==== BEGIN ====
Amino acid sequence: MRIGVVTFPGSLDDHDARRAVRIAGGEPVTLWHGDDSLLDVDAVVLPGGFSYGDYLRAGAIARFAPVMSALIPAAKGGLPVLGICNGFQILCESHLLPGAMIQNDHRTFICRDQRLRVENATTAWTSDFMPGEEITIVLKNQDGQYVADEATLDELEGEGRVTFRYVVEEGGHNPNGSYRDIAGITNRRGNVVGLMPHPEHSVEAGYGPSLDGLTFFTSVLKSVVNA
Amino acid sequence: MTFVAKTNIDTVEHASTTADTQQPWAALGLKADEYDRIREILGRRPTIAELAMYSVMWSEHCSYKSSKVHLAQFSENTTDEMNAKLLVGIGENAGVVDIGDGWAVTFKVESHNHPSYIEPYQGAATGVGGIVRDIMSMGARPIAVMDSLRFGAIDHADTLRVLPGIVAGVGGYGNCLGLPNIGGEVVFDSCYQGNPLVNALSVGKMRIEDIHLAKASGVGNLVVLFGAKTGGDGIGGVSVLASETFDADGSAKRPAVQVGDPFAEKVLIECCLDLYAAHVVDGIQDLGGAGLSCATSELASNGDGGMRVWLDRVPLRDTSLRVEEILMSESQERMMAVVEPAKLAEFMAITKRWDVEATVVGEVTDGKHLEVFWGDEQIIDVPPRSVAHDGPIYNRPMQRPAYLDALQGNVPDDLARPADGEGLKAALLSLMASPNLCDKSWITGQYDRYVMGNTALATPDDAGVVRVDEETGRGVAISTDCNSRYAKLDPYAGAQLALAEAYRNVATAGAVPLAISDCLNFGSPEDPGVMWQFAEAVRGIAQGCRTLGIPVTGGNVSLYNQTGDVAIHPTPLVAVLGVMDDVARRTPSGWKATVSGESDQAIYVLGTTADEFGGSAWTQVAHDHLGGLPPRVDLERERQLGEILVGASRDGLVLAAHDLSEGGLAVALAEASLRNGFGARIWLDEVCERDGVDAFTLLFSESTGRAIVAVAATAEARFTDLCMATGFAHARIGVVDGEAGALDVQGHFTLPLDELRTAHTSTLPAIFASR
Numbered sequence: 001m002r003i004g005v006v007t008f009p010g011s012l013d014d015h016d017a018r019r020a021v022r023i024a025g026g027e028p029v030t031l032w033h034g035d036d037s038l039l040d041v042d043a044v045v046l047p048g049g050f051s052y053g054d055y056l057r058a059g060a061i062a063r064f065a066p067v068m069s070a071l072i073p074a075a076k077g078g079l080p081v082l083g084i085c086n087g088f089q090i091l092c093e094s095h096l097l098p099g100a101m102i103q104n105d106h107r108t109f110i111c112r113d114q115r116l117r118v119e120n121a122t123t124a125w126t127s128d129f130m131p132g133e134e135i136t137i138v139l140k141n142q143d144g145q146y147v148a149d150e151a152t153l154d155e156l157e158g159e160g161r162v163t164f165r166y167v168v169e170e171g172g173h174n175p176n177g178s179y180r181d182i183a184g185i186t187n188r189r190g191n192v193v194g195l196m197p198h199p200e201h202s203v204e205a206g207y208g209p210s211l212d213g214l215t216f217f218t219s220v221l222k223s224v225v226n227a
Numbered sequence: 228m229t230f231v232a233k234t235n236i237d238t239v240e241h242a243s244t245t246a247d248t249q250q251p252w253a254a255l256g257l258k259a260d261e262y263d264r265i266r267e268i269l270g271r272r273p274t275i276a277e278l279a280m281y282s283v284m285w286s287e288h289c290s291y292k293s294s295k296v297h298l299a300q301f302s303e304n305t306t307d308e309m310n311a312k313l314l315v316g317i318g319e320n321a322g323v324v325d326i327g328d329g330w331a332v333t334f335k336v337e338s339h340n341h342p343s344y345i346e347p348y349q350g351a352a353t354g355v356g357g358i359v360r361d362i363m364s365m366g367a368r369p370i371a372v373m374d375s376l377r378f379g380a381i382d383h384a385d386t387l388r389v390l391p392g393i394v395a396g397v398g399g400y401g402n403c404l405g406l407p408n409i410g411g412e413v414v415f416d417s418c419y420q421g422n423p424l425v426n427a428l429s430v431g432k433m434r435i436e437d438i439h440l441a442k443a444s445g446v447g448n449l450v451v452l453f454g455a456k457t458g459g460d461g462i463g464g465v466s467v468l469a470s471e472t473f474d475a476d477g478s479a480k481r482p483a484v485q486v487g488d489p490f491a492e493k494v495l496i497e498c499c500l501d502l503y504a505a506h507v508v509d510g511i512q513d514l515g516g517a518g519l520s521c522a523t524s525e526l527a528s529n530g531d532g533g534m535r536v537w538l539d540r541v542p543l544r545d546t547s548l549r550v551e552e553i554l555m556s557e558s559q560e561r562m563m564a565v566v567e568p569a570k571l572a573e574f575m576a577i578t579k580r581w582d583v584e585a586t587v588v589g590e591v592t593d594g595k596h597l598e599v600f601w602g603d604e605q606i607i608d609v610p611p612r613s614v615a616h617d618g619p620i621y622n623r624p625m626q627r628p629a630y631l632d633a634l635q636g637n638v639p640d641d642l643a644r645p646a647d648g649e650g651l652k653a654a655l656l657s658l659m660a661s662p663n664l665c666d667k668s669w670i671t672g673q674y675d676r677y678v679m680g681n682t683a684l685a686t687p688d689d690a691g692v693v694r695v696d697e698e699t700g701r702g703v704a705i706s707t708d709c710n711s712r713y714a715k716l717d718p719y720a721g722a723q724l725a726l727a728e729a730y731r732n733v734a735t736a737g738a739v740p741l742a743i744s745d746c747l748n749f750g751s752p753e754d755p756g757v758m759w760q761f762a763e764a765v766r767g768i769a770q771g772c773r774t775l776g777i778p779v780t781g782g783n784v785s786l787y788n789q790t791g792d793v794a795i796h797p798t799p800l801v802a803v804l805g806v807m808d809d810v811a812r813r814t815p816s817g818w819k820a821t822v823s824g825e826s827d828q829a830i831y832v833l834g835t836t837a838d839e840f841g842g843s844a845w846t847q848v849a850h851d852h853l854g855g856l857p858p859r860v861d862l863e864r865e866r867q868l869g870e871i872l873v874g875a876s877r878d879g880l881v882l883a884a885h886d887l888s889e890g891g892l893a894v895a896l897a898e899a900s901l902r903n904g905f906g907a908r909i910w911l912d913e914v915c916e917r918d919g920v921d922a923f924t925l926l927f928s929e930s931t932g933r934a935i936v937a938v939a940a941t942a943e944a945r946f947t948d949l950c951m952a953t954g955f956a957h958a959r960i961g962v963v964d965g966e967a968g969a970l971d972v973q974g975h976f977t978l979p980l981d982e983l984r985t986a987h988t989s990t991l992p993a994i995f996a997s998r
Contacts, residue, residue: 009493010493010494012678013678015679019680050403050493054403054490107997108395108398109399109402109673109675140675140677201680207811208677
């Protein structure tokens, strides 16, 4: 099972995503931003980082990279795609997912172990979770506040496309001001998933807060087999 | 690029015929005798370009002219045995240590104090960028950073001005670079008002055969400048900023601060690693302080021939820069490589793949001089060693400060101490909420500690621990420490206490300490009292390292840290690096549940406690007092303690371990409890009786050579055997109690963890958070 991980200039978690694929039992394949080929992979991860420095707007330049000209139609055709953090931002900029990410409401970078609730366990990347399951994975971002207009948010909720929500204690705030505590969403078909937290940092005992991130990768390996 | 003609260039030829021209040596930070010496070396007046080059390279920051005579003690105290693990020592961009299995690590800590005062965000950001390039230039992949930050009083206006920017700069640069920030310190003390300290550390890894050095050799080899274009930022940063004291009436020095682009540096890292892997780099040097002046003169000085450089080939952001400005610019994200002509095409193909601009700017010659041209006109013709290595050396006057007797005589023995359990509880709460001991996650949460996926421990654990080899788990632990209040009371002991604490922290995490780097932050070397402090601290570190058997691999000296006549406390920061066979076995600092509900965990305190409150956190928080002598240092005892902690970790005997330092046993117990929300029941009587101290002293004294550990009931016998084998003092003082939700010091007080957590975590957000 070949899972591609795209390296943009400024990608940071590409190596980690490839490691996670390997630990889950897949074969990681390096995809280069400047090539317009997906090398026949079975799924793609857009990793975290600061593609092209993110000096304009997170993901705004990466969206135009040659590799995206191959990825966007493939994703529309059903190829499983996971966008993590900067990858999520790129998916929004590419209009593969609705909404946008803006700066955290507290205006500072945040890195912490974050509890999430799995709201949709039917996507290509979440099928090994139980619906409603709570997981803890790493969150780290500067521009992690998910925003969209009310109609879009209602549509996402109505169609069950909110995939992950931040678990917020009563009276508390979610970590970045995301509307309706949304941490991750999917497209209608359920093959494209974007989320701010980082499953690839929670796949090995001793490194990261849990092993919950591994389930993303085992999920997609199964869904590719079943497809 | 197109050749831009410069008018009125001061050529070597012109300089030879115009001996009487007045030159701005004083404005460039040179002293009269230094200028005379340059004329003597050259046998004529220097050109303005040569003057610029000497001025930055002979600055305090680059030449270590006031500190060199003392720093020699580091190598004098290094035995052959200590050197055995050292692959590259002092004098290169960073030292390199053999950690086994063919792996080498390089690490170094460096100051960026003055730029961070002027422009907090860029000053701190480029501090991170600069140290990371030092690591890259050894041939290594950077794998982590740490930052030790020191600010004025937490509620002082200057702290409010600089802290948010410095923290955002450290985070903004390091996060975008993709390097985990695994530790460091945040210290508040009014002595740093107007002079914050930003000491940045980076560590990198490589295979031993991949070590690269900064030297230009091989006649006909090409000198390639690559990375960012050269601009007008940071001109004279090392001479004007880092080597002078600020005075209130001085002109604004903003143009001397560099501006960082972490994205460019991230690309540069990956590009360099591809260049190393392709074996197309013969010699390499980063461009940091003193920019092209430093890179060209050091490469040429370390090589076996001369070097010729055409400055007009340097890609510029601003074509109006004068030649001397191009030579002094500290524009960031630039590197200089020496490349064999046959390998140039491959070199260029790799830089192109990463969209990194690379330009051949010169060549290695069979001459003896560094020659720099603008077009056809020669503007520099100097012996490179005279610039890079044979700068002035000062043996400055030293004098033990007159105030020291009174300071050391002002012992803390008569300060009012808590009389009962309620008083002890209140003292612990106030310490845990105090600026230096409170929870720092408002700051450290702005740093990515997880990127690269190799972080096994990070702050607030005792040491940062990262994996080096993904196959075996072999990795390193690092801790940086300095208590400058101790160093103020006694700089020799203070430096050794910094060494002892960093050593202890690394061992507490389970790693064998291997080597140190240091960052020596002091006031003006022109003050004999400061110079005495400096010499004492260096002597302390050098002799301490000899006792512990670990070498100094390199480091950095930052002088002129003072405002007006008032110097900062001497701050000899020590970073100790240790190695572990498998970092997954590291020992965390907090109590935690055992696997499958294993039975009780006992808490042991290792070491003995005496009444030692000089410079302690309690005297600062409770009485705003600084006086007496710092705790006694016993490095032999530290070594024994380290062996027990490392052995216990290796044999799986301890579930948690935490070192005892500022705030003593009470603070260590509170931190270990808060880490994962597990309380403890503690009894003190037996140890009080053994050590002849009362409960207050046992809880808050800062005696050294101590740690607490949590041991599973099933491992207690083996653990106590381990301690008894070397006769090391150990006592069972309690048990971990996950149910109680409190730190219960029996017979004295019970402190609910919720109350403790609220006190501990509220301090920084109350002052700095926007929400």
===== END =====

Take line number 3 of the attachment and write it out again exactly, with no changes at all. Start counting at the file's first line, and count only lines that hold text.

Numbered sequence: 001m002r003i004g005v006v007t008f009p010g011s012l013d014d015h016d017a018r019r020a021v022r023i024a025g026g027e028p029v030t031l032w033h034g035d036d037s038l039l040d041v042d043a044v045v046l047p048g049g050f051s052y053g054d055y056l057r058a059g060a061i062a063r064f065a066p067v068m069s070a071l072i073p074a075a076k077g078g079l080p081v082l083g084i085c086n087g088f089q090i091l092c093e094s095h096l097l098p099g100a101m102i103q104n105d106h107r108t109f110i111c112r113d114q115r116l117r118v119e120n121a122t123t124a125w126t127s128d129f130m131p132g133e134e135i136t137i138v139l140k141n142q143d144g145q146y147v148a149d150e151a152t153l154d155e156l157e158g159e160g161r162v163t164f165r166y167v168v169e170e171g172g173h174n175p176n177g178s179y180r181d182i183a184g185i186t187n188r189r190g191n192v193v194g195l196m197p198h199p200e201h202s203v204e205a206g207y208g209p210s211l212d213g214l215t216f217f218t219s220v221l222k223s224v225v226n227a